At this time in human history, when both the COVID-19 pandemic and the climate crisis are altering every aspect of society and exacerbating economic and racial injustices, we need to grow the Squad. We need more bold leaders committed to social justice who recognize how the biggest challenges facing society are linked and that the best opportunities for change are when these challenges are addressed together. We must build and foster multiracial, multiethnic, gender-balanced coalitions of ambitious and optimistic leaders advocating for transformative changes. The United States needs leaders who are willing and able to push back against the concentration of wealth and power that is threatening our democracy, exacerbating injustice, and accelerating climate chaos. We need leadership to counter the male-dominated climate deniers who are resisting change to perpetuate profits for the fossil fuel
industry and other corporate elites who benefit from fossil fuel reliance. We need visionary leaders who recognize that many of our legacy systems and practices need to be restructured not only because they are accelerating climate chaos, but also because those systems and practices continue to favor rich white men who have disproportionate power and influence. It is becoming increasingly clear that incremental steps and small tweaks to the status quo are insufficient. Therefore, we need bold and ambitious leaders who are committed to ending fossil fuel reliance by prioritizing economic justice and by investing in the universality of human rights and a future that offers dignity for all. To achieve these broad systemic changes, we need diverse leadership to better represent the needs and interests of the families and communities that are disproportionately affected and most vulnerable to climate disruptions.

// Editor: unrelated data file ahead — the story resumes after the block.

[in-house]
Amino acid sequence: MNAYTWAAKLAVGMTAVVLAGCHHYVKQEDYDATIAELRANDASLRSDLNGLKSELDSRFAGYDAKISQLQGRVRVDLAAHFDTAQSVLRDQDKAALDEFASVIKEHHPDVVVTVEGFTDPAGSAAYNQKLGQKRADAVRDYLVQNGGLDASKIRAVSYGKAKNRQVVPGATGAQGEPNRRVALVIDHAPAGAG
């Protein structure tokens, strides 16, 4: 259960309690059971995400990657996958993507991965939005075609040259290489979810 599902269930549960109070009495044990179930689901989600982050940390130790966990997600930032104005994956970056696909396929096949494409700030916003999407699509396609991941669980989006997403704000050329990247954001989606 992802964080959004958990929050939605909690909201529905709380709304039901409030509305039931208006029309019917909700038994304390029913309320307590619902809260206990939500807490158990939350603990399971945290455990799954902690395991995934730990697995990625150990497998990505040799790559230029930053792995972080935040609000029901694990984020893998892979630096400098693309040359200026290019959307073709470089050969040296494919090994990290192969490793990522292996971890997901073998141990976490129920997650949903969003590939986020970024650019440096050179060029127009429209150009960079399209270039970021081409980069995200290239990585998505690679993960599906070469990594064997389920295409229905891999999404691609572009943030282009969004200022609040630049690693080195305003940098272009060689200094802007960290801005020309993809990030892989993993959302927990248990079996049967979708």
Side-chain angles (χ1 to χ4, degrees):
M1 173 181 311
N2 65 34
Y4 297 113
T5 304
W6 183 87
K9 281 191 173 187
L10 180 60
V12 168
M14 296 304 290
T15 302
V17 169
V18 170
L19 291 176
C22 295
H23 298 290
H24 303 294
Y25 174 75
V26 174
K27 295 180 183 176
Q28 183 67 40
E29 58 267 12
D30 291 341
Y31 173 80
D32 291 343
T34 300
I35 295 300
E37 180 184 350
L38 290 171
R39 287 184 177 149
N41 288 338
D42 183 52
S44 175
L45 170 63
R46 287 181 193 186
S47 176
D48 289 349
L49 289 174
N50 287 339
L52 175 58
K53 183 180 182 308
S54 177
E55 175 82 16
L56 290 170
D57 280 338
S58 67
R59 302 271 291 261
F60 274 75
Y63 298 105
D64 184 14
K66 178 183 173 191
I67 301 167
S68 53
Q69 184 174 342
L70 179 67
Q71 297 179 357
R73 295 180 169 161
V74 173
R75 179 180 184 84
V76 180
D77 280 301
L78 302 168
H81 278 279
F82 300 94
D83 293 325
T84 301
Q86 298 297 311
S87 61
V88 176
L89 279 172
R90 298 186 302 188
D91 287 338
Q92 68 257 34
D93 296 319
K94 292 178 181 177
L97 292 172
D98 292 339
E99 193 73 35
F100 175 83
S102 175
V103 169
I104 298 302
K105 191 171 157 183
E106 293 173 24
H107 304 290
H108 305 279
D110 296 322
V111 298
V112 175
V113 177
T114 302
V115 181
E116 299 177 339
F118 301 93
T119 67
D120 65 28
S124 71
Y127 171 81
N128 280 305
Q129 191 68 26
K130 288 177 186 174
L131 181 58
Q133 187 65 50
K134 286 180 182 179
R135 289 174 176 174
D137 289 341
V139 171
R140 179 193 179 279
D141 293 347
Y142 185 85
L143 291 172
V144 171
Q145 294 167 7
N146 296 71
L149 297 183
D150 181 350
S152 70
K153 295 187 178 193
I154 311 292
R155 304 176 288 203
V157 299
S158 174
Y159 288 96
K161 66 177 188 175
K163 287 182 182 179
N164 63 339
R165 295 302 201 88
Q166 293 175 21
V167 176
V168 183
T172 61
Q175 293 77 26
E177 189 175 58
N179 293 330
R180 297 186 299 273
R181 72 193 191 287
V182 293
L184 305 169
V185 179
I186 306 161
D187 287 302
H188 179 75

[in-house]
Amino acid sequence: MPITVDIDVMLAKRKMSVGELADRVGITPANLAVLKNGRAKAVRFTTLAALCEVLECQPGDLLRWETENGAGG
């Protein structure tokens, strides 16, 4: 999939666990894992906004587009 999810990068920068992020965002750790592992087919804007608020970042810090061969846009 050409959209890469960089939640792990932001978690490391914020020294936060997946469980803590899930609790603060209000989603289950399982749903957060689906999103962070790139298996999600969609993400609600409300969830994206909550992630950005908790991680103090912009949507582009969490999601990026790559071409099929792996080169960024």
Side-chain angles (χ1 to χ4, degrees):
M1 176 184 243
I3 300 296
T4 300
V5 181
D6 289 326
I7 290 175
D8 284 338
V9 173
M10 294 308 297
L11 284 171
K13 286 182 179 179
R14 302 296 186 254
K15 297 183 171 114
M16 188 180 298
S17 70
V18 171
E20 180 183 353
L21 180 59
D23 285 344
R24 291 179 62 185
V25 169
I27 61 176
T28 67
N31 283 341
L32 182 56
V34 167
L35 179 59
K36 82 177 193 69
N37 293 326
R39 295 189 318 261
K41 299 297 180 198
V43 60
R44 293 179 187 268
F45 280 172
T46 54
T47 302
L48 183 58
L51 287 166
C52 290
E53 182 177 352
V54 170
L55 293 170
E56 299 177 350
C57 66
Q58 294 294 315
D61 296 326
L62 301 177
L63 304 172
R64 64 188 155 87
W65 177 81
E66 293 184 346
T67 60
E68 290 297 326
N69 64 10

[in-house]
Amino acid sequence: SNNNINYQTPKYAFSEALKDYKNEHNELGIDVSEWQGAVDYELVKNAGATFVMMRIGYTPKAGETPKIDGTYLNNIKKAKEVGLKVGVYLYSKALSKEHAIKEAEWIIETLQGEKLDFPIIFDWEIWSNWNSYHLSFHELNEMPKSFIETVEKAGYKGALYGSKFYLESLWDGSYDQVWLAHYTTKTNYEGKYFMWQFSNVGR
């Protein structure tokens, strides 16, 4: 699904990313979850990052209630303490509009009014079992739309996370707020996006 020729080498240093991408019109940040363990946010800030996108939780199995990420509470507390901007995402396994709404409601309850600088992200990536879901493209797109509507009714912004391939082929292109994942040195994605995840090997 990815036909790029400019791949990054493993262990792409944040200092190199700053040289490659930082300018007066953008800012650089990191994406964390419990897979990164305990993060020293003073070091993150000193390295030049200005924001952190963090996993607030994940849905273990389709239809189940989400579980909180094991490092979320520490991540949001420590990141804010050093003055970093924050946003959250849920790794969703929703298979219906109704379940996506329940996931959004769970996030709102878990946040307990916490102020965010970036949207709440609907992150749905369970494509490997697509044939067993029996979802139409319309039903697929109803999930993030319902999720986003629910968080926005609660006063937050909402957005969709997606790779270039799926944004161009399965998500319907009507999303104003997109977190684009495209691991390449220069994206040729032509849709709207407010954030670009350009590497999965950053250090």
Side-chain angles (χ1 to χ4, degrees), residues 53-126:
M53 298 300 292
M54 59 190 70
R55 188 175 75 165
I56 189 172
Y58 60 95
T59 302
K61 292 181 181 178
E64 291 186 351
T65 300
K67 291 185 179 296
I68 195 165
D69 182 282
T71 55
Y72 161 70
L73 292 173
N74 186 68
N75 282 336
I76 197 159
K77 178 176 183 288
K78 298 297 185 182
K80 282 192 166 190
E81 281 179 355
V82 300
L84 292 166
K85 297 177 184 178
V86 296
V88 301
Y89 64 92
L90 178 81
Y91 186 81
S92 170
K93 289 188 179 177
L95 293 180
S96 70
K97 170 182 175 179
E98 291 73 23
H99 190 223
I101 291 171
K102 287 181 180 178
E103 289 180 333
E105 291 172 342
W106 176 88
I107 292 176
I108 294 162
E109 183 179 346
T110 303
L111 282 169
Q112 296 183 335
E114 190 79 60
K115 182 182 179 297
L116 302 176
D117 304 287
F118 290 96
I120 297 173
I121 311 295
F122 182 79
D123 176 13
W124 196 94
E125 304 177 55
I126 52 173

We need to support leaders who can help move us beyond climate isolationism. Climate isolationism is a phrase I use to describe the common, yet ineffective, framing of climate change as a narrow, isolated, discrete problem that needs a technological solution. This framing is inadequate because climate change is so pervasive; it impacts everything and everyone. As the authors of the 2019 book A Planet to Win: Why We Need a Green New Deal
state, “All politics are climate politics.”4
We need a paradigm shift so that climate action is integrated into all policies and recognized as an opportunity for new investment in and commitment to broad structural changes.
Beyond Climate Isolationism: From Threat to Opportunity
Although the secretary general of the United Nations declared in 2018 that climate change is the defining issue of our time,5
the climate crisis is much more than a singular “issue.” Just as a single virus has upended human society, influencing everything, changes in Earth’s climate are
also influencing every aspect of society, including the economy, our health, and access to food, energy, water, housing, and transportation. We are now in a new era of human existence. We know the future will be fundamentally different because of more frequent and intense climate disruptions of all kinds, including devastating storms, floods, droughts, and wildfires, as well as the spread of new infectious diseases and accelerated species extinction. Climate change is also a threat multiplier, which means that climate impacts exacerbate other problems. Around the world, drought due to shifting rain patterns, for example, has led to food shortages, which then result in conflict and forced migration.6
The Intergovernmental Panel on Climate Change highlights the urgency of prioritizing timely ambitious and coordinated action in ending fossil fuel reliance and adapting to climate impacts.7
As the increase in global average temperature accelerates8
and greenhouse gas emissions continue to rise, the costs and risks of delayed action are escalating, and the value of transformative change is growing.